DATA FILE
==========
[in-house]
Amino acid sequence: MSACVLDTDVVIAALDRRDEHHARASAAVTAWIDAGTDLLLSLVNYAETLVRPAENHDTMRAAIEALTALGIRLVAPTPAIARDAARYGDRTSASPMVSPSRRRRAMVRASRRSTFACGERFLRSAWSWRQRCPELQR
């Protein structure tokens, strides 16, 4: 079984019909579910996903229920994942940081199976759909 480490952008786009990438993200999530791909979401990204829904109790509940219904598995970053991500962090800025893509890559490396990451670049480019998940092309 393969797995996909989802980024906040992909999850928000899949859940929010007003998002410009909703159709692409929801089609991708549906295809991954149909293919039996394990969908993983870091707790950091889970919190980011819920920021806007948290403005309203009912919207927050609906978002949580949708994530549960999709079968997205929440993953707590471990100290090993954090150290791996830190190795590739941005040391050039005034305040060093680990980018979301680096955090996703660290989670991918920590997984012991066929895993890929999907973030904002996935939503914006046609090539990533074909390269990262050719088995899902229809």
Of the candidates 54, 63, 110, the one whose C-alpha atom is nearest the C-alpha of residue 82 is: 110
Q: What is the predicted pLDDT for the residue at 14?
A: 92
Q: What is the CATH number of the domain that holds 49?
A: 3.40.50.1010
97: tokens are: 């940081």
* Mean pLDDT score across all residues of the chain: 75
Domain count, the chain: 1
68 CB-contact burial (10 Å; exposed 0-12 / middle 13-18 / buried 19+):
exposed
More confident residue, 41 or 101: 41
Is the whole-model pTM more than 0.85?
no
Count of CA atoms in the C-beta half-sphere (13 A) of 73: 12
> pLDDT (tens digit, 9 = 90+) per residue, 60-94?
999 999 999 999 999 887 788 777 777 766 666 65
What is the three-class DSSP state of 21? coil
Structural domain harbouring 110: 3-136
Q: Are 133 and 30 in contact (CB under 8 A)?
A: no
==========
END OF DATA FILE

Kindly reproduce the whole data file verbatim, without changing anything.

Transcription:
[in-house]
Amino acid sequence: MSACVLDTDVVIAALDRRDEHHARASAAVTAWIDAGTDLLLSLVNYAETLVRPAENHDTMRAAIEALTALGIRLVAPTPAIARDAARYGDRTSASPMVSPSRRRRAMVRASRRSTFACGERFLRSAWSWRQRCPELQR
């Protein structure tokens, strides 16, 4: 079984019909579910996903229920994942940081199976759909 480490952008786009990438993200999530791909979401990204829904109790509940219904598995970053991500962090800025893509890559490396990451670049480019998940092309 393969797995996909989802980024906040992909999850928000899949859940929010007003998002410009909703159709692409929801089609991708549906295809991954149909293919039996394990969908993983870091707790950091889970919190980011819920920021806007948290403005309203009912919207927050609906978002949580949708994530549960999709079968997205929440993953707590471990100290090993954090150290791996830190190795590739941005040391050039005034305040060093680990980018979301680096955090996703660290989670991918920590997984012991066929895993890929999907973030904002996935939503914006046609090539990533074909390269990262050719088995899902229809």
Of the candidates 54, 63, 110, the one whose C-alpha atom is nearest the C-alpha of residue 82 is: 110
Q: What is the predicted pLDDT for the residue at 14?
A: 92
Q: What is the CATH number of the domain that holds 49?
A: 3.40.50.1010
97: tokens are: 């940081």
* Mean pLDDT score across all residues of the chain: 75
Domain count, the chain: 1
68 CB-contact burial (10 Å; exposed 0-12 / middle 13-18 / buried 19+):
exposed
More confident residue, 41 or 101: 41
Is the whole-model pTM more than 0.85?
no
Count of CA atoms in the C-beta half-sphere (13 A) of 73: 12
> pLDDT (tens digit, 9 = 90+) per residue, 60-94?
999 999 999 999 999 887 788 777 777 766 666 65
What is the three-class DSSP state of 21? coil
Structural domain harbouring 110: 3-136
Q: Are 133 and 30 in contact (CB under 8 A)?
A: no